Monosodium Glutamate (MSG) is a food additive used as a flavour enhancer. It is common in fast foods, snacks, canned, and frozen foods where it restores or enhances flavours that processing has damaged or destroyed. It is also used in non-processed food, often in its naturally occurring form, to heighten flavour. MSG is based on an amino acid called glutamate, which is stabilised with salt (the monosodium part of the name). It was first isolated in Japan about a century ago and was introduced into the United States after the Second World War. American soldiers had noticed how much tastier Japanese military rations were than their own.
MSG's enhancement of flavour encourages appetite, an advantage in medical situations where people lack the desire to eat, through age or illness, and need to be encouraged to take food. Another benefit is as a substitute for the extra salt often added to many processed foods. Salt has traditionally been used to enhance the taste of food, but is proved to have health risks.
MSG has many business advantages for the food industry, including its cheapness and easy availability. But its biggest advantage is that it encourages people to buy more of the industry's products.
Disadvantages are all on the consumers' side and relate to health fears. The only way to avoid any risk is to avoid MSG altogether -- and that's hard to do. Laws regulate the listing of ingredients on food labels, but MSG can be legally listed under several other names, such as glutamic acid or L-glutamic acid, depending on the product. More than 40 years after the first health scares, most evidence against MSG remains anecdotal, but public scepticism remains high. There are particular concerns about its direct medical effects on the very young and elderly, and on whether it contributes significantly to obesity and unhealthy eating habits.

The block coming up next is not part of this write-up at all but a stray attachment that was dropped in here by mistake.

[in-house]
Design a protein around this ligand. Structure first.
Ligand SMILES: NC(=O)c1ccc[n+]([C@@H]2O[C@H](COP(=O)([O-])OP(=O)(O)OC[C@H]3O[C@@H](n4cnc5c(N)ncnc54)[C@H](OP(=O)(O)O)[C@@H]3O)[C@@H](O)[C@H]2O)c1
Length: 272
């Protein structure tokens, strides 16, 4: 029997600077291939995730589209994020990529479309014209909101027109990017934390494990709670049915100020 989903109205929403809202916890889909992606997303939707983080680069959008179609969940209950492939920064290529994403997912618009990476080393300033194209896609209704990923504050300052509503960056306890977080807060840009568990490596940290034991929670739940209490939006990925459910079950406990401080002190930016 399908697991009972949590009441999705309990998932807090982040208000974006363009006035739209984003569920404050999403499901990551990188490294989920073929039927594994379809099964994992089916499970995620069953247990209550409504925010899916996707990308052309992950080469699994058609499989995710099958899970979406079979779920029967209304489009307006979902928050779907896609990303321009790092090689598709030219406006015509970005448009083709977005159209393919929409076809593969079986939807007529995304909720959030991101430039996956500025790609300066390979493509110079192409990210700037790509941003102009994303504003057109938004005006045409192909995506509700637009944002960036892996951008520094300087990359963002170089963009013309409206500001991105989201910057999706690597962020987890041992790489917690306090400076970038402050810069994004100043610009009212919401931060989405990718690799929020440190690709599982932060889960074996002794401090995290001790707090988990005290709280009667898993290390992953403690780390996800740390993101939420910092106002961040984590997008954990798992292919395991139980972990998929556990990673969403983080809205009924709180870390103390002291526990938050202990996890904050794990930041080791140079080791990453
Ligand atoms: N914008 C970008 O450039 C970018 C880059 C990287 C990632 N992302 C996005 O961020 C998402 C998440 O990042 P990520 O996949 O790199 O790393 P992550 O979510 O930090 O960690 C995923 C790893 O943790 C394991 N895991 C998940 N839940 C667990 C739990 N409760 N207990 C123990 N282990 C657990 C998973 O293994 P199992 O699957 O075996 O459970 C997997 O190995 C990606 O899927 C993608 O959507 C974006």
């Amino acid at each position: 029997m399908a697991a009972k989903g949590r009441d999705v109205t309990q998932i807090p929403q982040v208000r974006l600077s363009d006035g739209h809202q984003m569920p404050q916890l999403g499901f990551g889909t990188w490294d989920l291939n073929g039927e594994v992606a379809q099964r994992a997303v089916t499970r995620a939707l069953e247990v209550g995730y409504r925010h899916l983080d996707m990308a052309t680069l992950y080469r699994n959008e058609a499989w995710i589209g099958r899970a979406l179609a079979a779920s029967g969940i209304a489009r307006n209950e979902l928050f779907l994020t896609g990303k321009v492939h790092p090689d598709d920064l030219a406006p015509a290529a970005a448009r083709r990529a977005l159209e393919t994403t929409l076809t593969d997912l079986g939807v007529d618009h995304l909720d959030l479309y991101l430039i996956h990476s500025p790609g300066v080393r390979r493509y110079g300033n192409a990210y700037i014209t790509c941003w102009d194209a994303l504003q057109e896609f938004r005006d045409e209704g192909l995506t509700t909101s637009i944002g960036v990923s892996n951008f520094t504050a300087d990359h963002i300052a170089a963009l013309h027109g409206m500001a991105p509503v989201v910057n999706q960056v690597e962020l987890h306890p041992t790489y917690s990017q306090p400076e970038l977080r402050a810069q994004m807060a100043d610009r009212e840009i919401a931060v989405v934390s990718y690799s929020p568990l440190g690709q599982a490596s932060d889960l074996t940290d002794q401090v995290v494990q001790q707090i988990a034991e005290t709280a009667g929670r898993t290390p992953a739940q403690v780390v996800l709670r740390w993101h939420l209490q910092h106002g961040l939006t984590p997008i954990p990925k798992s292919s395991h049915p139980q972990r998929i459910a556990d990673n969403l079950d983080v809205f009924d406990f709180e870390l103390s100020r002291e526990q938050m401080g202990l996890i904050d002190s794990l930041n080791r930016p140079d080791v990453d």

Governments and universities in several Western countries, including the United States, have failed to find convincing evidence against MSG. The Food and Drug Administration (FDA) says it is "generally recognised as safe." In 2007, an international committee decided it was "harmless for the whole population." But MSG was removed from baby foods in the U.S. in the 1970s and in 1992; a study by the Federation of American Societies for Experimental Biology recommended it should not be used by pregnant women, infants, children, women of childbearing age, and individuals with affective disorders.
The symptoms which MSG is suspected of causing include headaches, dry mouth, flushing, tightening of facial muscles, numbness, tingling, chest pain, heart palpitations, nausea and general weakness. Most are said to pass after a couple of hours. There are also allegations, again without scientifically supported evidence, of it being a contributory factor in asthma, migraine, Parkinson's, Alzheimer's and depression.